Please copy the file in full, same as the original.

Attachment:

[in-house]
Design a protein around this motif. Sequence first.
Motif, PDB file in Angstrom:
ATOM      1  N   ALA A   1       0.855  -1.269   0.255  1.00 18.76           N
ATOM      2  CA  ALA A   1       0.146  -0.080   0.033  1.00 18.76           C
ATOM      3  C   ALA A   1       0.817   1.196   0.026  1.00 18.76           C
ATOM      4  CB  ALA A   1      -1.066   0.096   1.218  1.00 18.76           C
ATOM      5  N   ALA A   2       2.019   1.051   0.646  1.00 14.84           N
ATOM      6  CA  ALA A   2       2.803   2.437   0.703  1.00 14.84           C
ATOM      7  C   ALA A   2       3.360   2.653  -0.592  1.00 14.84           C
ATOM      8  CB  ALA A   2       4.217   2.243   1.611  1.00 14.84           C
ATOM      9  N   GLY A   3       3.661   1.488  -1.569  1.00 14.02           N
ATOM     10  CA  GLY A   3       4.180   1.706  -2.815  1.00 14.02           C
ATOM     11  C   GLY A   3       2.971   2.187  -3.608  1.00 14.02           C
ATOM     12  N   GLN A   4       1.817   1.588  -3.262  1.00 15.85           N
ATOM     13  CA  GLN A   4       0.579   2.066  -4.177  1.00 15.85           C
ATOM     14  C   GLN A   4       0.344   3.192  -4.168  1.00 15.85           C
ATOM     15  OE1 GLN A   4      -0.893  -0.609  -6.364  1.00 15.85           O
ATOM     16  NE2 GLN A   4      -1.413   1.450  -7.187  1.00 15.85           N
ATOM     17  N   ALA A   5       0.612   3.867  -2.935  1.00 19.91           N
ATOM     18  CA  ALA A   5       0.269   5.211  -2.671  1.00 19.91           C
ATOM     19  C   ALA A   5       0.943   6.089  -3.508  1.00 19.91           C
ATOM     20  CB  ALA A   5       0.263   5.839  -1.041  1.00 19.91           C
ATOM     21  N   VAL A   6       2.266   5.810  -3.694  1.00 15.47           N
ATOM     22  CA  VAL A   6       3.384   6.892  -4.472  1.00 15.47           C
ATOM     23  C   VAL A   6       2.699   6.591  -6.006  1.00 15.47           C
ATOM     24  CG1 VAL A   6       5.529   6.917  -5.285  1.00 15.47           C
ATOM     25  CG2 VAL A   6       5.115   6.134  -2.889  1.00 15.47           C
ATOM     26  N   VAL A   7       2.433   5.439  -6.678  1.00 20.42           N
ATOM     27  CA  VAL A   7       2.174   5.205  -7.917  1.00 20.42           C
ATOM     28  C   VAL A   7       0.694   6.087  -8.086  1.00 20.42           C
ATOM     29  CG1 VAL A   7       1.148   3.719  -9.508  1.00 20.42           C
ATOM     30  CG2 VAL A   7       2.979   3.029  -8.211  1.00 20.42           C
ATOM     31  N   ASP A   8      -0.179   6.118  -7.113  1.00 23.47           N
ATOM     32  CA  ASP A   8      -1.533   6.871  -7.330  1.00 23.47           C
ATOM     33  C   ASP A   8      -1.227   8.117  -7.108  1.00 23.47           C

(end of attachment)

[in-house]
Design a protein around this motif. Sequence first.
Motif, PDB file in Angstrom:
ATOM      1  N   ALA A   1       0.855  -1.269   0.255  1.00 18.76           N
ATOM      2  CA  ALA A   1       0.146  -0.080   0.033  1.00 18.76           C
ATOM      3  C   ALA A   1       0.817   1.196   0.026  1.00 18.76           C
ATOM      4  CB  ALA A   1      -1.066   0.096   1.218  1.00 18.76           C
ATOM      5  N   ALA A   2       2.019   1.051   0.646  1.00 14.84           N
ATOM      6  CA  ALA A   2       2.803   2.437   0.703  1.00 14.84           C
ATOM      7  C   ALA A   2       3.360   2.653  -0.592  1.00 14.84           C
ATOM      8  CB  ALA A   2       4.217   2.243   1.611  1.00 14.84           C
ATOM      9  N   GLY A   3       3.661   1.488  -1.569  1.00 14.02           N
ATOM     10  CA  GLY A   3       4.180   1.706  -2.815  1.00 14.02           C
ATOM     11  C   GLY A   3       2.971   2.187  -3.608  1.00 14.02           C
ATOM     12  N   GLN A   4       1.817   1.588  -3.262  1.00 15.85           N
ATOM     13  CA  GLN A   4       0.579   2.066  -4.177  1.00 15.85           C
ATOM     14  C   GLN A   4       0.344   3.192  -4.168  1.00 15.85           C
ATOM     15  OE1 GLN A   4      -0.893  -0.609  -6.364  1.00 15.85           O
ATOM     16  NE2 GLN A   4      -1.413   1.450  -7.187  1.00 15.85           N
ATOM     17  N   ALA A   5       0.612   3.867  -2.935  1.00 19.91           N
ATOM     18  CA  ALA A   5       0.269   5.211  -2.671  1.00 19.91           C
ATOM     19  C   ALA A   5       0.943   6.089  -3.508  1.00 19.91           C
ATOM     20  CB  ALA A   5       0.263   5.839  -1.041  1.00 19.91           C
ATOM     21  N   VAL A   6       2.266   5.810  -3.694  1.00 15.47           N
ATOM     22  CA  VAL A   6       3.384   6.892  -4.472  1.00 15.47           C
ATOM     23  C   VAL A   6       2.699   6.591  -6.006  1.00 15.47           C
ATOM     24  CG1 VAL A   6       5.529   6.917  -5.285  1.00 15.47           C
ATOM     25  CG2 VAL A   6       5.115   6.134  -2.889  1.00 15.47           C
ATOM     26  N   VAL A   7       2.433   5.439  -6.678  1.00 20.42           N
ATOM     27  CA  VAL A   7       2.174   5.205  -7.917  1.00 20.42           C
ATOM     28  C   VAL A   7       0.694   6.087  -8.086  1.00 20.42           C
ATOM     29  CG1 VAL A   7       1.148   3.719  -9.508  1.00 20.42           C
ATOM     30  CG2 VAL A   7       2.979   3.029  -8.211  1.00 20.42           C
ATOM     31  N   ASP A   8      -0.179   6.118  -7.113  1.00 23.47           N
ATOM     32  CA  ASP A   8      -1.533   6.871  -7.330  1.00 23.47           C
ATOM     33  C   ASP A   8      -1.227   8.117  -7.108  1.00 23.47           C